The greatest challenge that the newly elected president of Somalia would face in the capital is not the warlords as many observers may like us to believe but the Al Ittihad terrorists who exploited the political vacuum to own all businesses and run powerful militias. With the newly-elected President Abdillahi Yusuf Ahmed, who is known to be a trigger-happy fighter with a strong disliking for Islamists, Somalia may have got the man it deserves to return it to normalcy through the barrel of the gun.

But it is the peaceful and democratic Somaliland that Islamists may find an amicable environment to thrive and prosper. Looking at the recent history of Islamist movements, it is only in democratic countries or political vacuums that they find their safe havens to operate but never in dictatorships where despots call the shots.

Knowing the dangers that may result from such political void, the IGAD countries and the international community have invested money and energy to establish a government for Somalia. But in order to bring quick results and to pre-empt any future plans of the Islamists to abort and fail the efforts of the international community, it is imperative on the African Union and the world community to strengthen the hand of Abdillahi Yusuf against the Wahhabi/Salafi/ Ittihadi enclaves in Mogadishu.

It is also equally imperative on the IGAD, the AU and the International Community to give Somaliland the recognition it deserves and extend urgent economic assistance to enable it ward off the menace of the enemy within that would otherwise not only threaten Somaliland's nascent democracy but would spill over to the entire Horn of Africa to frustrate peace building efforts in Somalia and work as a safe haven for Jihadist groups in neighboring countries.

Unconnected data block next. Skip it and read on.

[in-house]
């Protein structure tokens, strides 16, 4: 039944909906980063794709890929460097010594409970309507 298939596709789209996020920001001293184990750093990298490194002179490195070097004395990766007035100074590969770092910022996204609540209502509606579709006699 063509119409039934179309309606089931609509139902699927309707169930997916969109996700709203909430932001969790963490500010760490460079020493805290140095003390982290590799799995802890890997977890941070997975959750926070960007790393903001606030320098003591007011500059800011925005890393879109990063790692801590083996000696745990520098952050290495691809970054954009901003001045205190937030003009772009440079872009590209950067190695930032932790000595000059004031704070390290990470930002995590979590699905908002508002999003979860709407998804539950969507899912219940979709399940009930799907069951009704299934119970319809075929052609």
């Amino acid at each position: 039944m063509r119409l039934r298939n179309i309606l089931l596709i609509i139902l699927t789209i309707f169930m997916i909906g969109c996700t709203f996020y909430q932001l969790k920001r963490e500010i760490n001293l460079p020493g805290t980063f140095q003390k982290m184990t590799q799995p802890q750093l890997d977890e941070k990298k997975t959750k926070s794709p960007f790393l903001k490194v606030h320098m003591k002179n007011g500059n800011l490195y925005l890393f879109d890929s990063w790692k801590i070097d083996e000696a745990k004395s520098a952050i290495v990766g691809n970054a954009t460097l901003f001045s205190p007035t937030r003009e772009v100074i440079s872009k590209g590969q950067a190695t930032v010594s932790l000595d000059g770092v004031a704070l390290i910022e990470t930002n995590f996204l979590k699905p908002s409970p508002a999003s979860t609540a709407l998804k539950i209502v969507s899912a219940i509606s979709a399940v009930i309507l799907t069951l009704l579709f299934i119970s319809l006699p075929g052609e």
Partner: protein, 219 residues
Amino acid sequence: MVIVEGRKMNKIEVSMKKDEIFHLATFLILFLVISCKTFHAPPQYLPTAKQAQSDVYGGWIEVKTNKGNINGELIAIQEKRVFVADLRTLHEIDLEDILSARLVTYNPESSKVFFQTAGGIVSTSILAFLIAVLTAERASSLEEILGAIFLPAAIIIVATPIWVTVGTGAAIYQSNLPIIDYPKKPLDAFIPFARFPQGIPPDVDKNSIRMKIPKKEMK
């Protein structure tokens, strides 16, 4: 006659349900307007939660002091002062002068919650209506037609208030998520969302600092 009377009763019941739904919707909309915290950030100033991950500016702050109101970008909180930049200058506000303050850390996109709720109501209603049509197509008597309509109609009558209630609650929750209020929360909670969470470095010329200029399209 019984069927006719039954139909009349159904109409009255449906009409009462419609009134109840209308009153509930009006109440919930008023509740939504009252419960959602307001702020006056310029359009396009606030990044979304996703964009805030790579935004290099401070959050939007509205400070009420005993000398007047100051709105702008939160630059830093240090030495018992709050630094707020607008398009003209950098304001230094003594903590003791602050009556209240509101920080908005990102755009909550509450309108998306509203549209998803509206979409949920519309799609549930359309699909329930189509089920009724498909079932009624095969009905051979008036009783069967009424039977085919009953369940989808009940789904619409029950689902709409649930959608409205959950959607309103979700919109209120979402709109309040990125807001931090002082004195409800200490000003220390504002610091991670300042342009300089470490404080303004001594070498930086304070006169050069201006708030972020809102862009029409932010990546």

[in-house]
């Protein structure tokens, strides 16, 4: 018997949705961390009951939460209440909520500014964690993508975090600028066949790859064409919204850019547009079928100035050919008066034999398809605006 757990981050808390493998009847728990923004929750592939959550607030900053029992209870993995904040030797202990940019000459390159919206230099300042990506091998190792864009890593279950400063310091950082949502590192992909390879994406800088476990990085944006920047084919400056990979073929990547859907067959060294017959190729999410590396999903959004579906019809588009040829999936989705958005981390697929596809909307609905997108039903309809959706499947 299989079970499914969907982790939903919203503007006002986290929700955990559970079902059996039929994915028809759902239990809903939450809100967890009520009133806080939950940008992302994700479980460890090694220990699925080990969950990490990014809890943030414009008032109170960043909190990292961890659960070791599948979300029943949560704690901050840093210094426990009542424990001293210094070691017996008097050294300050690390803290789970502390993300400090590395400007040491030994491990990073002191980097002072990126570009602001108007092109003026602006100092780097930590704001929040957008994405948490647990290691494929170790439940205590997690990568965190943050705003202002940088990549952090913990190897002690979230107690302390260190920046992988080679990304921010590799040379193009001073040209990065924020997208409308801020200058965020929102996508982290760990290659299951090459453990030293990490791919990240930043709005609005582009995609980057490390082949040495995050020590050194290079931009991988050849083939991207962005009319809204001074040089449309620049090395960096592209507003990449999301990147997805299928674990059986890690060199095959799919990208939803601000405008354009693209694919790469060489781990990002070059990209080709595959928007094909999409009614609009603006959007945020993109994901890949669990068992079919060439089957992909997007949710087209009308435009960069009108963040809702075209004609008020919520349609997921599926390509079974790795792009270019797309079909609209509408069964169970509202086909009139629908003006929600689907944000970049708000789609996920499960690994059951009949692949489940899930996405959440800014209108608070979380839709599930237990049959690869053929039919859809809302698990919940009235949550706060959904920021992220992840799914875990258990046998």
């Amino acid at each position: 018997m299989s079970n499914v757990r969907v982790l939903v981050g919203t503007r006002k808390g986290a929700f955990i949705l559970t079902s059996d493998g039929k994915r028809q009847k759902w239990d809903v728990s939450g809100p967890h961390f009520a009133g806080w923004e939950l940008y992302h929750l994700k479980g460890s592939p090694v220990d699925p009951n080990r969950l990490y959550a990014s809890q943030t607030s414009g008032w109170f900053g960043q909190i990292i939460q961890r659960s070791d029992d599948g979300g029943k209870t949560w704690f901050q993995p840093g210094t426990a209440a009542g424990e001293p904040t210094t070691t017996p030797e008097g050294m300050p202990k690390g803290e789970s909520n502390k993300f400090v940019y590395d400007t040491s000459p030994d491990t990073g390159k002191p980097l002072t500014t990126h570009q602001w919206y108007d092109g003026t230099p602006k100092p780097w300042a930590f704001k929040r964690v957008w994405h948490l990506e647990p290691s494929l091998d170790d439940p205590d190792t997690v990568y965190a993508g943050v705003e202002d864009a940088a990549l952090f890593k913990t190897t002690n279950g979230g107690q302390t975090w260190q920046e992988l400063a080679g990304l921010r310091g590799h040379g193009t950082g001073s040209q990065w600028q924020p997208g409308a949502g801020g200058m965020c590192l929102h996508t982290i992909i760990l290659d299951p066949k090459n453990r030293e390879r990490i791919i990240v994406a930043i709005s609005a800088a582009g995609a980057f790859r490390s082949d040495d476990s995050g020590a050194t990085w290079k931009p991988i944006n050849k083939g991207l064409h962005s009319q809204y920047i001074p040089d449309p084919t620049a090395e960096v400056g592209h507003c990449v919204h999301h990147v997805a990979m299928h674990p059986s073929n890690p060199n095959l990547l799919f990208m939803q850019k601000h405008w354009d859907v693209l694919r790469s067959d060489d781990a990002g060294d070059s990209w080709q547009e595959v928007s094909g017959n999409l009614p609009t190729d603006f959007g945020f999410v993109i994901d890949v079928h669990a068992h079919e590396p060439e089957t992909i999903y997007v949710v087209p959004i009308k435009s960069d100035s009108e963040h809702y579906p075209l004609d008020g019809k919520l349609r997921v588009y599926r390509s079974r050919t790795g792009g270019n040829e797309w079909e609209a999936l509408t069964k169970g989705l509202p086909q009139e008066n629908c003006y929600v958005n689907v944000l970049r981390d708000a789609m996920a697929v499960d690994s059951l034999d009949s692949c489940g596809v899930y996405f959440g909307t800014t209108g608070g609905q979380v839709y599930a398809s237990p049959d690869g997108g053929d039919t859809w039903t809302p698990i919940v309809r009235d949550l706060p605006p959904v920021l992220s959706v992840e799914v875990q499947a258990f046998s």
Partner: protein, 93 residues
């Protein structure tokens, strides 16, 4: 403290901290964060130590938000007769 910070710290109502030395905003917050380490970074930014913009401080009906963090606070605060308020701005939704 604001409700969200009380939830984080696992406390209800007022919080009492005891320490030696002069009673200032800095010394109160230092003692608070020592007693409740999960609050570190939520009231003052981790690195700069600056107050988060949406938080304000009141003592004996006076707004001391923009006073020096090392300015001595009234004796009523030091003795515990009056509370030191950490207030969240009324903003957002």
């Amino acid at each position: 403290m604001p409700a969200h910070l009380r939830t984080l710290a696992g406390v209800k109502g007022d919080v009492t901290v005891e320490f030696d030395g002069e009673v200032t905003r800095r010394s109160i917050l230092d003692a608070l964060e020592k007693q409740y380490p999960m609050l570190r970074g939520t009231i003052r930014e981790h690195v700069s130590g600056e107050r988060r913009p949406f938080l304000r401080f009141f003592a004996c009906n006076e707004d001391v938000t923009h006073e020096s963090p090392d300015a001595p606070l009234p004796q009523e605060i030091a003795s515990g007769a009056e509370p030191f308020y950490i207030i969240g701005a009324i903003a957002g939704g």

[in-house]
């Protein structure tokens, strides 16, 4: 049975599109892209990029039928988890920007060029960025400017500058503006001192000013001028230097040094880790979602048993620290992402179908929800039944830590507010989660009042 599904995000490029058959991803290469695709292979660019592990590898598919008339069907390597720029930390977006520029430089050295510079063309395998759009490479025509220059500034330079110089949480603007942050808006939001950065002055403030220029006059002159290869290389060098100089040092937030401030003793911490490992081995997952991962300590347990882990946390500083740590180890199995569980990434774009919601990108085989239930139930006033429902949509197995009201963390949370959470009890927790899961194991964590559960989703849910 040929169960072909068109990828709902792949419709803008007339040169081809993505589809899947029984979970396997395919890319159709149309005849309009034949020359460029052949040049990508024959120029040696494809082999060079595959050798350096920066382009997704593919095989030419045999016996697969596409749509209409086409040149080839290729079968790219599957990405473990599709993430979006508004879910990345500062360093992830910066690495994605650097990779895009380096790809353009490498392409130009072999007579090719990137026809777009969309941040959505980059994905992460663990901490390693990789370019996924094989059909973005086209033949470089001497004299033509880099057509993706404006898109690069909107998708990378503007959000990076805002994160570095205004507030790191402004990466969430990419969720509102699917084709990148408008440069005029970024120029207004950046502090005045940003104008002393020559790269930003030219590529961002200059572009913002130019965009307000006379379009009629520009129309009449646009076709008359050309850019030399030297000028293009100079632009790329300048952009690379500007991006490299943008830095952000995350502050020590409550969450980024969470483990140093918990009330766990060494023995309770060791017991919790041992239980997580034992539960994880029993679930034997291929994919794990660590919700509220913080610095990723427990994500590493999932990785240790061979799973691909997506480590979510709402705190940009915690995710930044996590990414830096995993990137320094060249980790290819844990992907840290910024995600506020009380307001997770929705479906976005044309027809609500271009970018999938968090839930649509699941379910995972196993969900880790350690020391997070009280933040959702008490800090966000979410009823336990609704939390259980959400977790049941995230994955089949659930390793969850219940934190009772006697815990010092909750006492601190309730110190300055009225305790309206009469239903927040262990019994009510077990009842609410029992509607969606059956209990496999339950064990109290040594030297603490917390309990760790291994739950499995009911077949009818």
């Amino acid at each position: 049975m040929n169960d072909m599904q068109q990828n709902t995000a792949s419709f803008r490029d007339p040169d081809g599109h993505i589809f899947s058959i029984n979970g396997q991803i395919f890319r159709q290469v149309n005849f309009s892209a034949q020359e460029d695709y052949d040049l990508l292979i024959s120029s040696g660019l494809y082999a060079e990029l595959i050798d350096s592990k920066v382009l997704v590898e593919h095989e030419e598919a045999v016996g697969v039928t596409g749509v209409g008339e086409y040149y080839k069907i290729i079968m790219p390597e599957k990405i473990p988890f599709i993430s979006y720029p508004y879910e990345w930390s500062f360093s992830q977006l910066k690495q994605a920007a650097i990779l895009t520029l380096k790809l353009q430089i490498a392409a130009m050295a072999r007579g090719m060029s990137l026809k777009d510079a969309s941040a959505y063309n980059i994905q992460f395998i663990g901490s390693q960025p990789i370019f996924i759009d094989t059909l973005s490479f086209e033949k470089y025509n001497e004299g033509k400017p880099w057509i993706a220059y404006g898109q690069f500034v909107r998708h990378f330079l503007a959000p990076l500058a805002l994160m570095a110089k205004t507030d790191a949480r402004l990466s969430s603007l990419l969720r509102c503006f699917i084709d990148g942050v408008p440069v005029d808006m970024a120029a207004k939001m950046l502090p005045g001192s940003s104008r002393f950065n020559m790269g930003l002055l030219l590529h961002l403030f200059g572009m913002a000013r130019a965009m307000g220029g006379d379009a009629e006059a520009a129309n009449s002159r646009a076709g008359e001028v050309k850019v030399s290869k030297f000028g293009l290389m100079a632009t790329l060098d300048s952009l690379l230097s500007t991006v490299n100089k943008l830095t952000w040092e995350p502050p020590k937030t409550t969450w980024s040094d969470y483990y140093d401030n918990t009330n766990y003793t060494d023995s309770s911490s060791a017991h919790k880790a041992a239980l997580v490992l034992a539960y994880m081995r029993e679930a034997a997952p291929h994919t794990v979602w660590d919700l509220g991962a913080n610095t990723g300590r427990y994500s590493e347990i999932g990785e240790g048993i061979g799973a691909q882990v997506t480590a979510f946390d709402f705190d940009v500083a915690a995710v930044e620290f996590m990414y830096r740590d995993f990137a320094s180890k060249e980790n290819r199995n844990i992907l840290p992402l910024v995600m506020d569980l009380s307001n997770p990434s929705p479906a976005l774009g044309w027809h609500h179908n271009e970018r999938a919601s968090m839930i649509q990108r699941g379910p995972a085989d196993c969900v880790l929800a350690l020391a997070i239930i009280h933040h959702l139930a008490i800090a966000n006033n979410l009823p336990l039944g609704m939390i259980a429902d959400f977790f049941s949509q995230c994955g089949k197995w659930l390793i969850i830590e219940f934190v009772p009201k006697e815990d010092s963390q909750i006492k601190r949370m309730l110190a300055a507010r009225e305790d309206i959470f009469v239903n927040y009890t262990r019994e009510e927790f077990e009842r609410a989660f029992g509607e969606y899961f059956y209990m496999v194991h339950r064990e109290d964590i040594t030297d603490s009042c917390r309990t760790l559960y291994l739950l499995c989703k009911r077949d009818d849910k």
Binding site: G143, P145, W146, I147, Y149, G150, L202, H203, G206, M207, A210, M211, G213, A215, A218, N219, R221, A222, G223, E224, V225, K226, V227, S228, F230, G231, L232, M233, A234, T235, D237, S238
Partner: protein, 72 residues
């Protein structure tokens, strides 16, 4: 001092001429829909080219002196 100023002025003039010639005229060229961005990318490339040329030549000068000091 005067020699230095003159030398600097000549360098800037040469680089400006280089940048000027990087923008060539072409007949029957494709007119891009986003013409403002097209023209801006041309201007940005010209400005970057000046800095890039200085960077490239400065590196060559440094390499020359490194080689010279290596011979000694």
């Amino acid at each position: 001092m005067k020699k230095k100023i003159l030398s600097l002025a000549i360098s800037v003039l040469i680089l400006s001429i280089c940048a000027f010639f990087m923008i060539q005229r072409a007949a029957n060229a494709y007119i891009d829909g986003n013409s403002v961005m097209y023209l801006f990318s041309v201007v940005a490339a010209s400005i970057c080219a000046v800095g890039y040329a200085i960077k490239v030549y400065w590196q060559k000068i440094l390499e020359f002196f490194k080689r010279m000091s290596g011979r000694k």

Until then, we Somalilanders will try to ignore to look at the heavens in search of a new god but will hold tight our musical instruments, rebuild our theatres and continue to be enchanted by our artistes' famous prologue, the lyrics of the celebrated Somali playwright Hassan Sheikh Mumin,

Ads by Google

Copyright © 2004 Addis Tribune. All rights reserved. Distributed by AllAfrica Global Media (allAfrica.com). To contact the copyright holder directly for corrections — or for permission to republish or make other authorized use of this material, click here.

AllAfrica publishes around 2,000 reports a day from more than 130 news organizations and over 200 other institutions and individuals, representing a diversity of positions on every topic. We publish news and views ranging from vigorous opponents of governments to government publications and spokespersons. Publishers named above each report are responsible for their own content, which AllAfrica does not have the legal right to edit or correct.

Articles and commentaries that identify allAfrica.com as the publisher are produced or commissioned by AllAfrica. To address comments or complaints, please Contact us.